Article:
Emergency department volume rises as office visits fall

The economy is blamed for driving patients to the ED and away from doctors' offices. Visits went up a record 10% from 2008 to 2009.

By — Posted Jan. 16, 2012

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As the recession hit the U.S. in 2008 and 2009, more Americans, both uninsured and those with private health coverage, sought care in hospital emergency departments.

The most recent available estimates from the Centers for Disease Control and Prevention show a steep increase in visits to emergency departments and a rise in the percentage of emergency patients who were uninsured.

  • In 2009, emergency department visits went up to 136 million from less than 124 million in 2008. That was nearly a 10% increase, the steepest single-year upsurge on record.
  • Those 136 million visits worked out to 45.1 visits per 100 people, up from 41.4 per 100 in 2008 and 39.4 in 2007.
  • Of the 136 million visits in 2009, 19% were uninsured patients and 39% were privately insured patients, compared with 15.4% and 41.9%, respectively, in 2008.
  • In a poll by the American College of Emergency Physicians in March 2011, 80% of respondents said patient volume had increased "somewhat" or "significantly" during the previous year.

At the same time emergency volumes spiked, physician office visits have been in decline, as documented by the Kaiser Family Foundation and other sources.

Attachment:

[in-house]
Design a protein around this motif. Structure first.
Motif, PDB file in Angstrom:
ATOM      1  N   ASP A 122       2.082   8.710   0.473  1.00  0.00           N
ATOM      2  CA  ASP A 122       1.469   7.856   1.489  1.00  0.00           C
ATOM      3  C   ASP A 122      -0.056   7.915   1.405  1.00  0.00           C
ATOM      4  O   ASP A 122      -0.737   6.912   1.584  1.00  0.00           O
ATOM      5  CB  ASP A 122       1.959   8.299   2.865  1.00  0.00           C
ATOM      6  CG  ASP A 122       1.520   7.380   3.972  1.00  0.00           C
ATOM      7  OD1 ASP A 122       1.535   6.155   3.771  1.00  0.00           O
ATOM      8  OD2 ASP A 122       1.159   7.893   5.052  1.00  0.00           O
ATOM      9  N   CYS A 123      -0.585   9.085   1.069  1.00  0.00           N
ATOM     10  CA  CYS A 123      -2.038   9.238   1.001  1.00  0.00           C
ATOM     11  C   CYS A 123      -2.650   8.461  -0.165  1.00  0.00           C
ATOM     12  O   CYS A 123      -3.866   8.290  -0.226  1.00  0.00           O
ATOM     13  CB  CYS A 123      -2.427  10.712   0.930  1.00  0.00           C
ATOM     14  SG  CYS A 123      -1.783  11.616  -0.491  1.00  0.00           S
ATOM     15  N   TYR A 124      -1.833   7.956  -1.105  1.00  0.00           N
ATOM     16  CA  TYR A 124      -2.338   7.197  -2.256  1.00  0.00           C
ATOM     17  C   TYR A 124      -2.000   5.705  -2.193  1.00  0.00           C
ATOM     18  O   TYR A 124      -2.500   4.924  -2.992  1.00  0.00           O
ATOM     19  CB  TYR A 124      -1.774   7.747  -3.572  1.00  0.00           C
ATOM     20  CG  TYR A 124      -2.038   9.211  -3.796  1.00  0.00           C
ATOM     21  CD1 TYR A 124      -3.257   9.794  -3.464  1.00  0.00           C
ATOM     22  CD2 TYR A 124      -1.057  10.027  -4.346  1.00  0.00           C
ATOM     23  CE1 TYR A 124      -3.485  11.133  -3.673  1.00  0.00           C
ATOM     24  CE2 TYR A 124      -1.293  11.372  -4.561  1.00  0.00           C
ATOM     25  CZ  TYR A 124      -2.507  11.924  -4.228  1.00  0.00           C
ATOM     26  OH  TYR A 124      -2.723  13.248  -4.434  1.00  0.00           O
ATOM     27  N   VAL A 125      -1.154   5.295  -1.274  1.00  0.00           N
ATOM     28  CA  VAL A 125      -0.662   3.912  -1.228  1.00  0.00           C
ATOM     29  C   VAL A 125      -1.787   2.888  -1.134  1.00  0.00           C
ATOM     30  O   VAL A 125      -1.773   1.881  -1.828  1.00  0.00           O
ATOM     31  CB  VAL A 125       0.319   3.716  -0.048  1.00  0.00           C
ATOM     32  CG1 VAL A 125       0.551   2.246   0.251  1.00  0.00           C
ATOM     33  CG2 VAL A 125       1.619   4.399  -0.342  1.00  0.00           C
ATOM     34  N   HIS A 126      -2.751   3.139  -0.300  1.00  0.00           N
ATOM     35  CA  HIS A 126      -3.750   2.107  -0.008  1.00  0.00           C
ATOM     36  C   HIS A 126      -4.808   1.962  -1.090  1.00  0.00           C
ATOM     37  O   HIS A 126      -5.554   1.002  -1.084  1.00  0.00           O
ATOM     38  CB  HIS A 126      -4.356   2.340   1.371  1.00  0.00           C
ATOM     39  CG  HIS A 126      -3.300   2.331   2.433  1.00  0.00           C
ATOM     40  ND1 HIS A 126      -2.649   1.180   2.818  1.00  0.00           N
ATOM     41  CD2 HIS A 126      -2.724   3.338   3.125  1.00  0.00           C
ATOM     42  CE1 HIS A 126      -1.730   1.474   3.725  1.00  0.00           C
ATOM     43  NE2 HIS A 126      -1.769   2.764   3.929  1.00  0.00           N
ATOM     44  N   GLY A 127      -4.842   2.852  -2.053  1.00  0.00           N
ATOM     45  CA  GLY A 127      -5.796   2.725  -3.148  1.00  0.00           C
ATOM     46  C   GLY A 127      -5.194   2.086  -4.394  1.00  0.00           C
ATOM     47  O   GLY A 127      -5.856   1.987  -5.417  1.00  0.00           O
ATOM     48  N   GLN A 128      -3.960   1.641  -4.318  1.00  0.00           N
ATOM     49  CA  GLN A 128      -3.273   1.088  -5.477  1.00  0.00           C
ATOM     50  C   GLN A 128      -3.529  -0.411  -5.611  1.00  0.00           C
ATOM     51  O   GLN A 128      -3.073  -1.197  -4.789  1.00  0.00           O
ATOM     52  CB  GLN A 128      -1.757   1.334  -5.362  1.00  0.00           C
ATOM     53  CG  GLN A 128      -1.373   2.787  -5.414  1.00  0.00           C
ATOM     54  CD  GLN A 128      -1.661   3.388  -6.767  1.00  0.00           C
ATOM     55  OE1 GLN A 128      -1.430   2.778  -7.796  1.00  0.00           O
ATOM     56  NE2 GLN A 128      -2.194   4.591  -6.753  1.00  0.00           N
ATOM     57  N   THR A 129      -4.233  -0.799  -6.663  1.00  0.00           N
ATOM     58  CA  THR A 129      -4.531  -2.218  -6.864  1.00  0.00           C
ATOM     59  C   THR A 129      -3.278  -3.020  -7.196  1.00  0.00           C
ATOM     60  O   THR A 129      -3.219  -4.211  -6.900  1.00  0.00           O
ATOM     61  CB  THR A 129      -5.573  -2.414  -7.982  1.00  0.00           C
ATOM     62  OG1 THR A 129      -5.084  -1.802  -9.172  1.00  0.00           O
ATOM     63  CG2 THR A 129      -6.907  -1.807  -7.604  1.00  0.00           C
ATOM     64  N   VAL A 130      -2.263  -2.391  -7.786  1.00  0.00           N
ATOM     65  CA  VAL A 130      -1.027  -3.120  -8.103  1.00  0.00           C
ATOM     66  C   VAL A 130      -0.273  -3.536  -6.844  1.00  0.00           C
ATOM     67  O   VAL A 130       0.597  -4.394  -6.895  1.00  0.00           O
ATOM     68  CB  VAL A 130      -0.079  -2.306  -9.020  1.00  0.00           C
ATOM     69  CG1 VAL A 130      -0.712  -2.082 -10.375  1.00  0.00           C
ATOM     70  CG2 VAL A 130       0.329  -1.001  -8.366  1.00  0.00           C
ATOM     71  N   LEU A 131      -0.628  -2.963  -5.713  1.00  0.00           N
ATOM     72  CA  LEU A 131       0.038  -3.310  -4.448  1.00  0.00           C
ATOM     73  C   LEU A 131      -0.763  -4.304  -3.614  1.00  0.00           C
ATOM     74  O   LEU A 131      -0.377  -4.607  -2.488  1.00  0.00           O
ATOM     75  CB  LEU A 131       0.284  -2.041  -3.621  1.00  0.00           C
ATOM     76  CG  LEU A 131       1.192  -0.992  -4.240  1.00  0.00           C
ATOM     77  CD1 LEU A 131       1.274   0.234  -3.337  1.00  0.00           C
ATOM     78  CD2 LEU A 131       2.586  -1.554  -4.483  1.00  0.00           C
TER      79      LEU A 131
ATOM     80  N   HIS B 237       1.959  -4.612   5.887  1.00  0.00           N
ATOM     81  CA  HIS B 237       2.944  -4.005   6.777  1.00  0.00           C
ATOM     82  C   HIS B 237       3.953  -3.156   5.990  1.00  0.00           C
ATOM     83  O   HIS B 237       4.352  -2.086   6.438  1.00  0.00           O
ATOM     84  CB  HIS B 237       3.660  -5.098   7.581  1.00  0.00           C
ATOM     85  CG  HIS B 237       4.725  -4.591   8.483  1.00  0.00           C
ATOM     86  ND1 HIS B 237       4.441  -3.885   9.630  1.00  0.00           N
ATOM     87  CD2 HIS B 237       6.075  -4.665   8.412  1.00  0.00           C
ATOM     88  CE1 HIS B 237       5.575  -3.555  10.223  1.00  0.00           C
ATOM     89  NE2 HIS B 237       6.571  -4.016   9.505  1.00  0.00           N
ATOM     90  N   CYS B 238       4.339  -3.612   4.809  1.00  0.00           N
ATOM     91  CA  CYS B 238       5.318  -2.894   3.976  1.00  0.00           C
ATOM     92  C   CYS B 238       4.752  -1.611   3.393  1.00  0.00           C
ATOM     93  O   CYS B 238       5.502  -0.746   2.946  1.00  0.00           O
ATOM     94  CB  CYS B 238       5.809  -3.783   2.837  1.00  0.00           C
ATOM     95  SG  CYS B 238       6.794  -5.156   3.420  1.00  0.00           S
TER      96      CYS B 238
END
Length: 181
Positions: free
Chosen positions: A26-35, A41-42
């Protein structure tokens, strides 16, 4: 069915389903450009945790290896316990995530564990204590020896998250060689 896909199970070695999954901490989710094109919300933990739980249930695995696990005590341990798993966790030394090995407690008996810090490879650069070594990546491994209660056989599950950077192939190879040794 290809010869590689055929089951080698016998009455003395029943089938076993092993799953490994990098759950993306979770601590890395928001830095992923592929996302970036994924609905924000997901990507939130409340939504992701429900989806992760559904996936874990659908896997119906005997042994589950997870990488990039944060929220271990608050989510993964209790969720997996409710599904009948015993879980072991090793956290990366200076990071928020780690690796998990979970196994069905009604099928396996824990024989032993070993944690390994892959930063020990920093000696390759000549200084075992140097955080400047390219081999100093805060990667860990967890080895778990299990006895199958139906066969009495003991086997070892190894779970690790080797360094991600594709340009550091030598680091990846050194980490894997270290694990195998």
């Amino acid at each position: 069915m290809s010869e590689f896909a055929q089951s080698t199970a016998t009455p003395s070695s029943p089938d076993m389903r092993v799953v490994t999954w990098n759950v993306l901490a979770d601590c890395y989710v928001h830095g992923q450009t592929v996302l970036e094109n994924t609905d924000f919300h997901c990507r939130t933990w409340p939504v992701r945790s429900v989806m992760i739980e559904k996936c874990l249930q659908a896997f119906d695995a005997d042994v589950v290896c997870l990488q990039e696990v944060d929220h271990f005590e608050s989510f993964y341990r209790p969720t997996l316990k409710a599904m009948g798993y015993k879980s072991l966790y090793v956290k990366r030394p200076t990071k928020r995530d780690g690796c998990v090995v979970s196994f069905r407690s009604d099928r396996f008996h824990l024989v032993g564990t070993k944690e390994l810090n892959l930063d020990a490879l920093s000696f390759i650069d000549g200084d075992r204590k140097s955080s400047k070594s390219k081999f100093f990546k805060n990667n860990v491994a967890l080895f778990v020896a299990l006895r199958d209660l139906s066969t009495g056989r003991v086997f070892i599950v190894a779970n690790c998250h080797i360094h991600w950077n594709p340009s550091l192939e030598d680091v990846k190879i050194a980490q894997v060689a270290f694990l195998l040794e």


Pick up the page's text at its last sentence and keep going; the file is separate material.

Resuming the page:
The CDC doesn't offer any opinions as to what is behind the increase, but ACEP attributes the rise in part to lack of access to, and use of, primary care.

David Seaberg, MD, is president of ACEP and dean of the University of Tennessee College of Medicine, Chattanooga. At Erlanger Health System in Chattanooga, where he is an attending emergency physician, he said he often sees patients with chronic conditions who can't afford to fill their prescriptions or see a primary care physician and end up with acute problems.

"That's extremely common," he said.

Rather than acting as a replacement for primary care, ACEP maintains, emergency physicians treat mostly real emergencies, not routine problems that should be seen by a primary care physician. Often, patients are referred to the emergency department by their primary care physician, either out of caution or because the primary care physician can't see them on short notice or after hours, according to ACEP polling.

Dr. Seaberg said other factors pushed patients to emergency care, including a rise in the number of uninsured in the period covered by the CDC survey and ACEP polling, and patient preference for the "immediate answers" that emergency care provides.

After the enactment of the Patient Protection and Affordable Care Act, uninsured rates actually are declining, from 48.6 million people in 2010 to 46.6 million in the first six months of 2011, according to the CDC. The percentage of people who said they had a usual source of care increased from 85.1% in 2010 to 86.9% in the first six months of 2011, it said.